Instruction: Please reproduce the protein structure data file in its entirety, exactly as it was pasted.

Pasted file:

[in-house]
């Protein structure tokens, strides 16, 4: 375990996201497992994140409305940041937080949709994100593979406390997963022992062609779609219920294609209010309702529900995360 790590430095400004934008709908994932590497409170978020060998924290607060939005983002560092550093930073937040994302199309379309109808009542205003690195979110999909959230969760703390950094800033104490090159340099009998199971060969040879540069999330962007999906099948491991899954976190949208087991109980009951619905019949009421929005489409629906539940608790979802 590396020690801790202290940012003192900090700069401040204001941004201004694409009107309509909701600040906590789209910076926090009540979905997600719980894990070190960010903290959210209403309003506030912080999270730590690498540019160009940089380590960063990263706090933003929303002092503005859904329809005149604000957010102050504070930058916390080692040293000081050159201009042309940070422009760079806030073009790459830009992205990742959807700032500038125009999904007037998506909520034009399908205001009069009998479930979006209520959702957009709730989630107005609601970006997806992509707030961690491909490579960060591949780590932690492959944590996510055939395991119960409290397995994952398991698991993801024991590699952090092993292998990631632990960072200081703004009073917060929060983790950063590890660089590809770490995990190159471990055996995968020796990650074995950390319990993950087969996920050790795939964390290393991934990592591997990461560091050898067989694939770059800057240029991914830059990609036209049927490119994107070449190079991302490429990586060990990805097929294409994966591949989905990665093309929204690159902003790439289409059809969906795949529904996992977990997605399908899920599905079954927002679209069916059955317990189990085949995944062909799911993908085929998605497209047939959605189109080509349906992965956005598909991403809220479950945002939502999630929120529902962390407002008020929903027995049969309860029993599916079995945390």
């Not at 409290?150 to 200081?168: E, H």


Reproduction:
[in-house]
């Protein structure tokens, strides 16, 4: 375990996201497992994140409305940041937080949709994100593979406390997963022992062609779609219920294609209010309702529900995360 790590430095400004934008709908994932590497409170978020060998924290607060939005983002560092550093930073937040994302199309379309109808009542205003690195979110999909959230969760703390950094800033104490090159340099009998199971060969040879540069999330962007999906099948491991899954976190949208087991109980009951619905019949009421929005489409629906539940608790979802 590396020690801790202290940012003192900090700069401040204001941004201004694409009107309509909701600040906590789209910076926090009540979905997600719980894990070190960010903290959210209403309003506030912080999270730590690498540019160009940089380590960063990263706090933003929303002092503005859904329809005149604000957010102050504070930058916390080692040293000081050159201009042309940070422009760079806030073009790459830009992205990742959807700032500038125009999904007037998506909520034009399908205001009069009998479930979006209520959702957009709730989630107005609601970006997806992509707030961690491909490579960060591949780590932690492959944590996510055939395991119960409290397995994952398991698991993801024991590699952090092993292998990631632990960072200081703004009073917060929060983790950063590890660089590809770490995990190159471990055996995968020796990650074995950390319990993950087969996920050790795939964390290393991934990592591997990461560091050898067989694939770059800057240029991914830059990609036209049927490119994107070449190079991302490429990586060990990805097929294409994966591949989905990665093309929204690159902003790439289409059809969906795949529904996992977990997605399908899920599905079954927002679209069916059955317990189990085949995944062909799911993908085929998605497209047939959605189109080509349906992965956005598909991403809220479950945002939502999630929120529902962390407002008020929903027995049969309860029993599916079995945390």
């Not at 409290?150 to 200081?168: E, H």